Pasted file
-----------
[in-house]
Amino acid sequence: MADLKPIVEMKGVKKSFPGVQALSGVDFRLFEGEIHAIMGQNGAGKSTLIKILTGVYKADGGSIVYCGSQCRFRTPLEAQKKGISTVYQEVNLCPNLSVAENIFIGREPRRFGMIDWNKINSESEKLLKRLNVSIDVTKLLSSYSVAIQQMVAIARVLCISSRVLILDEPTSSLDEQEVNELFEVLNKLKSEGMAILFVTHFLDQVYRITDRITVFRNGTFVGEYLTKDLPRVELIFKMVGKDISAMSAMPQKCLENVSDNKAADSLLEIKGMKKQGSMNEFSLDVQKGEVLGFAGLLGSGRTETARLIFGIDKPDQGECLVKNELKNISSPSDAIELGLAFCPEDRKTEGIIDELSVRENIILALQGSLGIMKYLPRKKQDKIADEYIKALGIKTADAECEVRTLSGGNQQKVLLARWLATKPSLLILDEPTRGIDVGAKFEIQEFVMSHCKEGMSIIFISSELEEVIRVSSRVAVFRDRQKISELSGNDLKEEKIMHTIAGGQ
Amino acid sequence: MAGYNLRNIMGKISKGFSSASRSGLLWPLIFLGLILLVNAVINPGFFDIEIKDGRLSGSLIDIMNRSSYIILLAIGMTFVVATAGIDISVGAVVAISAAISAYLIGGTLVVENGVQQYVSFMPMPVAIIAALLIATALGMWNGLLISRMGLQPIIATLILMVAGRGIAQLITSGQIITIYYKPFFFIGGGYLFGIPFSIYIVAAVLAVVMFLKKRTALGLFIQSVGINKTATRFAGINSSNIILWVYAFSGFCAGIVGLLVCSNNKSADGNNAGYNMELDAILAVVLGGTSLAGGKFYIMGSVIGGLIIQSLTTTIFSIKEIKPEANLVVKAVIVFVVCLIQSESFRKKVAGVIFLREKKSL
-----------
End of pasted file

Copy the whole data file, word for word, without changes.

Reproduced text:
[in-house]
Amino acid sequence: MADLKPIVEMKGVKKSFPGVQALSGVDFRLFEGEIHAIMGQNGAGKSTLIKILTGVYKADGGSIVYCGSQCRFRTPLEAQKKGISTVYQEVNLCPNLSVAENIFIGREPRRFGMIDWNKINSESEKLLKRLNVSIDVTKLLSSYSVAIQQMVAIARVLCISSRVLILDEPTSSLDEQEVNELFEVLNKLKSEGMAILFVTHFLDQVYRITDRITVFRNGTFVGEYLTKDLPRVELIFKMVGKDISAMSAMPQKCLENVSDNKAADSLLEIKGMKKQGSMNEFSLDVQKGEVLGFAGLLGSGRTETARLIFGIDKPDQGECLVKNELKNISSPSDAIELGLAFCPEDRKTEGIIDELSVRENIILALQGSLGIMKYLPRKKQDKIADEYIKALGIKTADAECEVRTLSGGNQQKVLLARWLATKPSLLILDEPTRGIDVGAKFEIQEFVMSHCKEGMSIIFISSELEEVIRVSSRVAVFRDRQKISELSGNDLKEEKIMHTIAGGQ
Amino acid sequence: MAGYNLRNIMGKISKGFSSASRSGLLWPLIFLGLILLVNAVINPGFFDIEIKDGRLSGSLIDIMNRSSYIILLAIGMTFVVATAGIDISVGAVVAISAAISAYLIGGTLVVENGVQQYVSFMPMPVAIIAALLIATALGMWNGLLISRMGLQPIIATLILMVAGRGIAQLITSGQIITIYYKPFFFIGGGYLFGIPFSIYIVAAVLAVVMFLKKRTALGLFIQSVGINKTATRFAGINSSNIILWVYAFSGFCAGIVGLLVCSNNKSADGNNAGYNMELDAILAVVLGGTSLAGGKFYIMGSVIGGLIIQSLTTTIFSIKEIKPEANLVVKAVIVFVVCLIQSESFRKKVAGVIFLREKKSL